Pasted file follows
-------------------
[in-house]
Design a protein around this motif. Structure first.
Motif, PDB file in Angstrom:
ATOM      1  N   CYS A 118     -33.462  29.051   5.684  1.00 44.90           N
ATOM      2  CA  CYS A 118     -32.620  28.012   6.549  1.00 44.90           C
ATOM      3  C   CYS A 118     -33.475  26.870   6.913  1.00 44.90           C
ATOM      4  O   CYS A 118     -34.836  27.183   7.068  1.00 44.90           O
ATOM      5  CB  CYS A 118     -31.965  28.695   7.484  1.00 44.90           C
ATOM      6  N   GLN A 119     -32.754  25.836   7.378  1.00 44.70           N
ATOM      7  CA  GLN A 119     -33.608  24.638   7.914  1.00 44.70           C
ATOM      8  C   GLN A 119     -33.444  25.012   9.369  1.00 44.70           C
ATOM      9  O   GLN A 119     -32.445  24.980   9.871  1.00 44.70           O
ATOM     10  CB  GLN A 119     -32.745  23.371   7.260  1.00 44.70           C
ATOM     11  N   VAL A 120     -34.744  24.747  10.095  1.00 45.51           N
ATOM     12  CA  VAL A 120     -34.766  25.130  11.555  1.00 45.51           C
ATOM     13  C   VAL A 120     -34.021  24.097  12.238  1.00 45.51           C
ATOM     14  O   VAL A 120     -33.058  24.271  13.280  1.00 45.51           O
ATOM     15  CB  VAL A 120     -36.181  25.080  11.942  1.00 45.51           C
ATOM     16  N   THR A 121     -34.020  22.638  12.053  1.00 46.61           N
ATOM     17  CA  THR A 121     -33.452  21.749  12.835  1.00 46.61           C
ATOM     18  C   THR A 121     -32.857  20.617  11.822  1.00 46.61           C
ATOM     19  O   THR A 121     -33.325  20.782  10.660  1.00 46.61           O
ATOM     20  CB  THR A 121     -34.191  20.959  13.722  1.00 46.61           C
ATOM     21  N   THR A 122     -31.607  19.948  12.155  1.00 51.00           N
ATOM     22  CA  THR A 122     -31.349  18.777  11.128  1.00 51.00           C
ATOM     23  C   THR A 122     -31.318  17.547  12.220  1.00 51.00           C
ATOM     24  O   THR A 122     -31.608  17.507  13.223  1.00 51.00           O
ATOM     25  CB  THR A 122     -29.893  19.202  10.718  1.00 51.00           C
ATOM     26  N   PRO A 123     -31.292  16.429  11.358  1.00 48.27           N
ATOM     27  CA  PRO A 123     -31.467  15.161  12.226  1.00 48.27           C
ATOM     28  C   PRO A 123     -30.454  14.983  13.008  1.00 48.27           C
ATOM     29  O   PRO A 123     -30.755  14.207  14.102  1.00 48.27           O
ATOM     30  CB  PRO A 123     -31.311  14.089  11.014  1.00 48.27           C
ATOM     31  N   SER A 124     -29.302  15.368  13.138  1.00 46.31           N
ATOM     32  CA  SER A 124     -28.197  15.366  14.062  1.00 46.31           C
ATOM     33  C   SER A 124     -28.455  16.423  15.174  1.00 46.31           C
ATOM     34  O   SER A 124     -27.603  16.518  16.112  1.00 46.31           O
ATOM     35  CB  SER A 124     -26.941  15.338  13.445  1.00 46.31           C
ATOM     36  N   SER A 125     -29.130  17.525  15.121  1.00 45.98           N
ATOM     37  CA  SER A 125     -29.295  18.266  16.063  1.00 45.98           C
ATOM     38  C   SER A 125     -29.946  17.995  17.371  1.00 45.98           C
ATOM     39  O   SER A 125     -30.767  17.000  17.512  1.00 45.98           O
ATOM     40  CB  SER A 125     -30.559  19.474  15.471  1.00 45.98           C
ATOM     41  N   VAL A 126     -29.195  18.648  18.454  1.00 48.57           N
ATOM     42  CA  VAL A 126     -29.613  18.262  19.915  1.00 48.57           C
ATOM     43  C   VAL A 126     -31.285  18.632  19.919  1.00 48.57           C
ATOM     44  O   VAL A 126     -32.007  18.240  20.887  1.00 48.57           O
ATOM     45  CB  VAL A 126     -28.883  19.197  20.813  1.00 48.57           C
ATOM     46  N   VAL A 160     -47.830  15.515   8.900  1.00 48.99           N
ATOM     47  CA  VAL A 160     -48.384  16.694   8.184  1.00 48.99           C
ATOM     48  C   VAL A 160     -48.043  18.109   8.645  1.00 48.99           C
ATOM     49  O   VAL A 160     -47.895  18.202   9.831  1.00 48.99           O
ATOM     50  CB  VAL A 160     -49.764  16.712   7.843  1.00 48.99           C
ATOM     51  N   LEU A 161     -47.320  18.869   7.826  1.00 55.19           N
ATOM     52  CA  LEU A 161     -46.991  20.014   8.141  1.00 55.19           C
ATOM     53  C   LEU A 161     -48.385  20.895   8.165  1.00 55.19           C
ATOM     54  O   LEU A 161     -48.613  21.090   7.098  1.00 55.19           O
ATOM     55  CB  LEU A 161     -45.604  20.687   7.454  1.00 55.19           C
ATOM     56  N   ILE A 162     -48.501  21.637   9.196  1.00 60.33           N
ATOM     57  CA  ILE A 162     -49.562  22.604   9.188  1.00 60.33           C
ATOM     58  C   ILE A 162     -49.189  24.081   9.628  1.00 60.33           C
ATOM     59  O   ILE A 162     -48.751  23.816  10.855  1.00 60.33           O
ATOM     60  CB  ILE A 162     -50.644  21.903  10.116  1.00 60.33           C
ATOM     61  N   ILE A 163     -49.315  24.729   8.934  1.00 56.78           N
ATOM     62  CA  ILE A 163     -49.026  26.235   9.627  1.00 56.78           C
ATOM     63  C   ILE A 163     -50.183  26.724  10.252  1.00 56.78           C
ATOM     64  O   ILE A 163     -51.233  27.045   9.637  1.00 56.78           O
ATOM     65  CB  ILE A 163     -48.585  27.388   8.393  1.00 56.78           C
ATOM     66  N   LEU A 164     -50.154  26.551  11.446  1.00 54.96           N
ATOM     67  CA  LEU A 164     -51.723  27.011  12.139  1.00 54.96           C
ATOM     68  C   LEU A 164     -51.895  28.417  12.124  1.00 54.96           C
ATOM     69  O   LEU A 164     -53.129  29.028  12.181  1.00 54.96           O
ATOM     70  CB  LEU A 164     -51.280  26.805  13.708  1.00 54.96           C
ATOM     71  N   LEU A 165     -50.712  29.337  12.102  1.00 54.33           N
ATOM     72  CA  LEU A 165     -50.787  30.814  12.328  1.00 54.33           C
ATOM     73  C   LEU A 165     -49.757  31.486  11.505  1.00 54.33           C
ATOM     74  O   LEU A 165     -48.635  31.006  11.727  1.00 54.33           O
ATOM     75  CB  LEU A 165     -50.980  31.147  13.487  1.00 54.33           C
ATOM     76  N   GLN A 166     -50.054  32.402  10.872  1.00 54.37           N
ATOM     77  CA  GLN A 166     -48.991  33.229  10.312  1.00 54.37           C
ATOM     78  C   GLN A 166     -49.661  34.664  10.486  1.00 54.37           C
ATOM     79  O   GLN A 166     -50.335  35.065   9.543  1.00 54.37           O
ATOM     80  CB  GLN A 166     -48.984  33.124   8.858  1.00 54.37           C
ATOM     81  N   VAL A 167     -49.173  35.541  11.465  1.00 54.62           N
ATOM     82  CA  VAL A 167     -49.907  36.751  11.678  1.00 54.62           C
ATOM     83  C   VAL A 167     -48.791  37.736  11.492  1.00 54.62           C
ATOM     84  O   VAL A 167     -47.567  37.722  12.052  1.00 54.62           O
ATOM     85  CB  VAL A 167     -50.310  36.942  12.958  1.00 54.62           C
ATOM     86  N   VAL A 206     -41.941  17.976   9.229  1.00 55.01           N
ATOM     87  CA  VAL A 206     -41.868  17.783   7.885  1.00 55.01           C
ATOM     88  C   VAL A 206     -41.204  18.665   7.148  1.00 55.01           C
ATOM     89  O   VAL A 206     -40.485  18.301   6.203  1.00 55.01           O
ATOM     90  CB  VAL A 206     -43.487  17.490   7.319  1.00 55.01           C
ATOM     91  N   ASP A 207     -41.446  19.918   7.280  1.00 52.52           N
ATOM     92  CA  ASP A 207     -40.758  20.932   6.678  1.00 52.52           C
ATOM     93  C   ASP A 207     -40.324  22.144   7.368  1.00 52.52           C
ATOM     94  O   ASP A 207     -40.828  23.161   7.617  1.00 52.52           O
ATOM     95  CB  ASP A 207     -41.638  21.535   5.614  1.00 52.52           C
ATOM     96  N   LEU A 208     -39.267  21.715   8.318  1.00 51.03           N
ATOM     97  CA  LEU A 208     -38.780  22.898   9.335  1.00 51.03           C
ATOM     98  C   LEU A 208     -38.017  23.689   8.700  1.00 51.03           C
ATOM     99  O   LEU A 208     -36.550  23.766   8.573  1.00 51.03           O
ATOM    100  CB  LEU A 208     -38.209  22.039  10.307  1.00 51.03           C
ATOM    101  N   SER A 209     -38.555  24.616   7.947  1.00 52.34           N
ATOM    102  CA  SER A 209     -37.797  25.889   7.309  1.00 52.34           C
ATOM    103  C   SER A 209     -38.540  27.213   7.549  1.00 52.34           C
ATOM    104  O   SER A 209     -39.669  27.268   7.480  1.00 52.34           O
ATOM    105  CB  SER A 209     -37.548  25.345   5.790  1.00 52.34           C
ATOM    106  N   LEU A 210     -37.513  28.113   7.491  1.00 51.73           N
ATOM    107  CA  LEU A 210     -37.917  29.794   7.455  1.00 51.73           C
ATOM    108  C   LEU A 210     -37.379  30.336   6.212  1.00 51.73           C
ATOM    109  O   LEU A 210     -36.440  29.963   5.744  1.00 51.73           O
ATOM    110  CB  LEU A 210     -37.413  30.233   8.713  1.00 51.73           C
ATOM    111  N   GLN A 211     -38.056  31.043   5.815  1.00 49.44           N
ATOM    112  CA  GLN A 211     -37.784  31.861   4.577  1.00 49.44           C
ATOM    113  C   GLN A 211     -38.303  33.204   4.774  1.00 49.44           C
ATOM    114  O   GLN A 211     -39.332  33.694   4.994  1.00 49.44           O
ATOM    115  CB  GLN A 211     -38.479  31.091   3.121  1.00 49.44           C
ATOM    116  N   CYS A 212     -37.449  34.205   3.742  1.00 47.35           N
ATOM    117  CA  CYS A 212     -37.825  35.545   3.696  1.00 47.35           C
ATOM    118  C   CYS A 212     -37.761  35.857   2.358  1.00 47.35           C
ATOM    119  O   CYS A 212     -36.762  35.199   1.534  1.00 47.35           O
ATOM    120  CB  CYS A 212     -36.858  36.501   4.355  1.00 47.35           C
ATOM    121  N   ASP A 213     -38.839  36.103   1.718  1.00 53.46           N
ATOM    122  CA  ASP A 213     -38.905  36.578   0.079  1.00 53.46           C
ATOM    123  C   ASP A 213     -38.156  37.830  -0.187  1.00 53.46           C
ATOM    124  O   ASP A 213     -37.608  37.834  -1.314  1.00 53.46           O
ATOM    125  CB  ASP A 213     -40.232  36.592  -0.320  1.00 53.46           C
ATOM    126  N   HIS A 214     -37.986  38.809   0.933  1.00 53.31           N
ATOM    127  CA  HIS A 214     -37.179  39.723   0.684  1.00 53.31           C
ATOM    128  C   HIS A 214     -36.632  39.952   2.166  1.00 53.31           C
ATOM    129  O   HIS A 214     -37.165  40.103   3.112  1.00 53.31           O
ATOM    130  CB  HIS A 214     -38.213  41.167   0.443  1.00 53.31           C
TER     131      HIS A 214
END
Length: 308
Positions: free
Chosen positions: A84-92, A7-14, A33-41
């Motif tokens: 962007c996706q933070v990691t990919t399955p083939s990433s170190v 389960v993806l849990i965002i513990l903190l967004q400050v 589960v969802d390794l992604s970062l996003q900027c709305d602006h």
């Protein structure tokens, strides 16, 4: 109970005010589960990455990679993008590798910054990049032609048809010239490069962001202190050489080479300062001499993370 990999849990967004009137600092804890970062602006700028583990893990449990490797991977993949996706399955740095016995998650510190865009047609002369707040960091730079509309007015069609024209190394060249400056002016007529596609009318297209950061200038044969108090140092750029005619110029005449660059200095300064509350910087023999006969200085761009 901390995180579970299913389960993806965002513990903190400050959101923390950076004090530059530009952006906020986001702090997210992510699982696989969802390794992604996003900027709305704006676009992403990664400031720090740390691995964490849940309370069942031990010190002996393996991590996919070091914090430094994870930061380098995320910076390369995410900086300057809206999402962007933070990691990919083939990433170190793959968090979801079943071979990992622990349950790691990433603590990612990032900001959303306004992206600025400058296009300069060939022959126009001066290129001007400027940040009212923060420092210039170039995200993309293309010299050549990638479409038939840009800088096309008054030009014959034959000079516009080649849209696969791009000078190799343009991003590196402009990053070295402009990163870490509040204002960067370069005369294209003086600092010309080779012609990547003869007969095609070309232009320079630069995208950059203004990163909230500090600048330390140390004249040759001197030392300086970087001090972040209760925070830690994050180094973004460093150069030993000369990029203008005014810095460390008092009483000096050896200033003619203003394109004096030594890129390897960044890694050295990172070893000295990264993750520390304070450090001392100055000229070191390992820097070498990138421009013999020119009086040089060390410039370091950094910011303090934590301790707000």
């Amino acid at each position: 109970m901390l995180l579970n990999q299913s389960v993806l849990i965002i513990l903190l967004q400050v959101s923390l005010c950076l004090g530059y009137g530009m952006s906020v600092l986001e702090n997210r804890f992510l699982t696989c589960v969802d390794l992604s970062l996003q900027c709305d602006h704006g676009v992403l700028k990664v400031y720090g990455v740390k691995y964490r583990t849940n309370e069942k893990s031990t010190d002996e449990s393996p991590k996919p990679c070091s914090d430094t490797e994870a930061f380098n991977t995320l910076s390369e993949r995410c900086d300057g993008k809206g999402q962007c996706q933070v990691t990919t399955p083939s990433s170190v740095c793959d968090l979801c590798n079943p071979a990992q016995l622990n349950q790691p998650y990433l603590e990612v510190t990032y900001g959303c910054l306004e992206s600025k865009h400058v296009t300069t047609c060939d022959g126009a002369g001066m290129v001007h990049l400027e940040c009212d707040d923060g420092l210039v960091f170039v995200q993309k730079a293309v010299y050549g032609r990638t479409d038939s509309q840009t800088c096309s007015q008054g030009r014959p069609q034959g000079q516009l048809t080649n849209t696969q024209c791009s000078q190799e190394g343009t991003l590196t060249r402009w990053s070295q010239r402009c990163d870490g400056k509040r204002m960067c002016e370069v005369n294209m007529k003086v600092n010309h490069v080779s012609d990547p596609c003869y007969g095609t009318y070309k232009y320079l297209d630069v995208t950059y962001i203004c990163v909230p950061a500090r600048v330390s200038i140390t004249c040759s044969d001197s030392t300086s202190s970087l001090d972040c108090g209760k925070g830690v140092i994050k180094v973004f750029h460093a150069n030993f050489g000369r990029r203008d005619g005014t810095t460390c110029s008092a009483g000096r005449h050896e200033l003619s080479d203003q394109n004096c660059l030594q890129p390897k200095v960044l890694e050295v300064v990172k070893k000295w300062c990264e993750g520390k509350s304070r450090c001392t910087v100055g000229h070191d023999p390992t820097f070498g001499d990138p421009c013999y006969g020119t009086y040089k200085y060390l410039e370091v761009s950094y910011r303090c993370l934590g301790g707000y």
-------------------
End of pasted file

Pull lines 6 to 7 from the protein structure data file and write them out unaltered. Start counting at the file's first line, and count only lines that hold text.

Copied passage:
ATOM      3  C   CYS A 118     -33.475  26.870   6.913  1.00 44.90           C
ATOM      4  O   CYS A 118     -34.836  27.183   7.068  1.00 44.90           O